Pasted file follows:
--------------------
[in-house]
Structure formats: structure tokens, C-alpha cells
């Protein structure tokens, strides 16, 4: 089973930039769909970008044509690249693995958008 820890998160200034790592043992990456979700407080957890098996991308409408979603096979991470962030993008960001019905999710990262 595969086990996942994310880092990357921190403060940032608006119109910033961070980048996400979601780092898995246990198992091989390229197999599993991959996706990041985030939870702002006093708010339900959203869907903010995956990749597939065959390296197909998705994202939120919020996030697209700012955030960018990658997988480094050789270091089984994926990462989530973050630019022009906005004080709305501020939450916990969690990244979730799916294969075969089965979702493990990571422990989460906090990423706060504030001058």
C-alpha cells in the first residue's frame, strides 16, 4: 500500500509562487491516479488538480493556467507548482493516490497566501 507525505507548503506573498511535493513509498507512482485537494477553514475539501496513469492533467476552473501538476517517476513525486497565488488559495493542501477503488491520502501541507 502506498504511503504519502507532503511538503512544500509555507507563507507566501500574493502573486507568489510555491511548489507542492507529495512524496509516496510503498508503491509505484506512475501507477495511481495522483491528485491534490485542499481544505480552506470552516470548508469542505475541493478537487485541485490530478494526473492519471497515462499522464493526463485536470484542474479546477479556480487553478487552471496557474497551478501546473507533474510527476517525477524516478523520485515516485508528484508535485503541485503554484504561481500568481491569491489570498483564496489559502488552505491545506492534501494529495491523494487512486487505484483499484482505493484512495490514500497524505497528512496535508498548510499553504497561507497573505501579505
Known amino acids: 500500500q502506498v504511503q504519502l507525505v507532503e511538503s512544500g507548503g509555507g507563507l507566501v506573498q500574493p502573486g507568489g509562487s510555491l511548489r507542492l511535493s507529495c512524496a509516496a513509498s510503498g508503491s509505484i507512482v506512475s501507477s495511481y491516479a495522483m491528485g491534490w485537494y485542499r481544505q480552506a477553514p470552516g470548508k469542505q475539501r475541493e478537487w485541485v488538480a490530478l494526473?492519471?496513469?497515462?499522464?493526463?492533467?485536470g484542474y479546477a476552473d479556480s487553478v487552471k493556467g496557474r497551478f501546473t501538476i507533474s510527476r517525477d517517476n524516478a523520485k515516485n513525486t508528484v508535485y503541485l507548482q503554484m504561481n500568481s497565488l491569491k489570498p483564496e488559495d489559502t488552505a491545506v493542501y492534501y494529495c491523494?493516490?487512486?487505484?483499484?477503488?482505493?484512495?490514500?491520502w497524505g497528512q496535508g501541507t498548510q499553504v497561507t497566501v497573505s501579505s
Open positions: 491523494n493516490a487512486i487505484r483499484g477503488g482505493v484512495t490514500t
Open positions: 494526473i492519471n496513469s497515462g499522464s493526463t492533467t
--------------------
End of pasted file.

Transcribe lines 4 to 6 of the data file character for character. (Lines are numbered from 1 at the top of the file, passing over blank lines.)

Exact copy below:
C-alpha cells in the first residue's frame, strides 16, 4: 500500500509562487491516479488538480493556467507548482493516490497566501 507525505507548503506573498511535493513509498507512482485537494477553514475539501496513469492533467476552473501538476517517476513525486497565488488559495493542501477503488491520502501541507 502506498504511503504519502507532503511538503512544500509555507507563507507566501500574493502573486507568489510555491511548489507542492507529495512524496509516496510503498508503491509505484506512475501507477495511481495522483491528485491534490485542499481544505480552506470552516470548508469542505475541493478537487485541485490530478494526473492519471497515462499522464493526463485536470484542474479546477479556480487553478487552471496557474497551478501546473507533474510527476517525477524516478523520485515516485508528484508535485503541485503554484504561481500568481491569491489570498483564496489559502488552505491545506492534501494529495491523494487512486487505484483499484482505493484512495490514500497524505497528512496535508498548510499553504497561507497573505501579505
Known amino acids: 500500500q502506498v504511503q504519502l507525505v507532503e511538503s512544500g507548503g509555507g507563507l507566501v506573498q500574493p502573486g507568489g509562487s510555491l511548489r507542492l511535493s507529495c512524496a509516496a513509498s510503498g508503491s509505484i507512482v506512475s501507477s495511481y491516479a495522483m491528485g491534490w485537494y485542499r481544505q480552506a477553514p470552516g470548508k469542505q475539501r475541493e478537487w485541485v488538480a490530478l494526473?492519471?496513469?497515462?499522464?493526463?492533467?485536470g484542474y479546477a476552473d479556480s487553478v487552471k493556467g496557474r497551478f501546473t501538476i507533474s510527476r517525477d517517476n524516478a523520485k515516485n513525486t508528484v508535485y503541485l507548482q503554484m504561481n500568481s497565488l491569491k489570498p483564496e488559495d489559502t488552505a491545506v493542501y492534501y494529495c491523494?493516490?487512486?487505484?483499484?477503488?482505493?484512495?490514500?491520502w497524505g497528512q496535508g501541507t498548510q499553504v497561507t497566501v497573505s501579505s
Open positions: 491523494n493516490a487512486i487505484r483499484g477503488g482505493v484512495t490514500t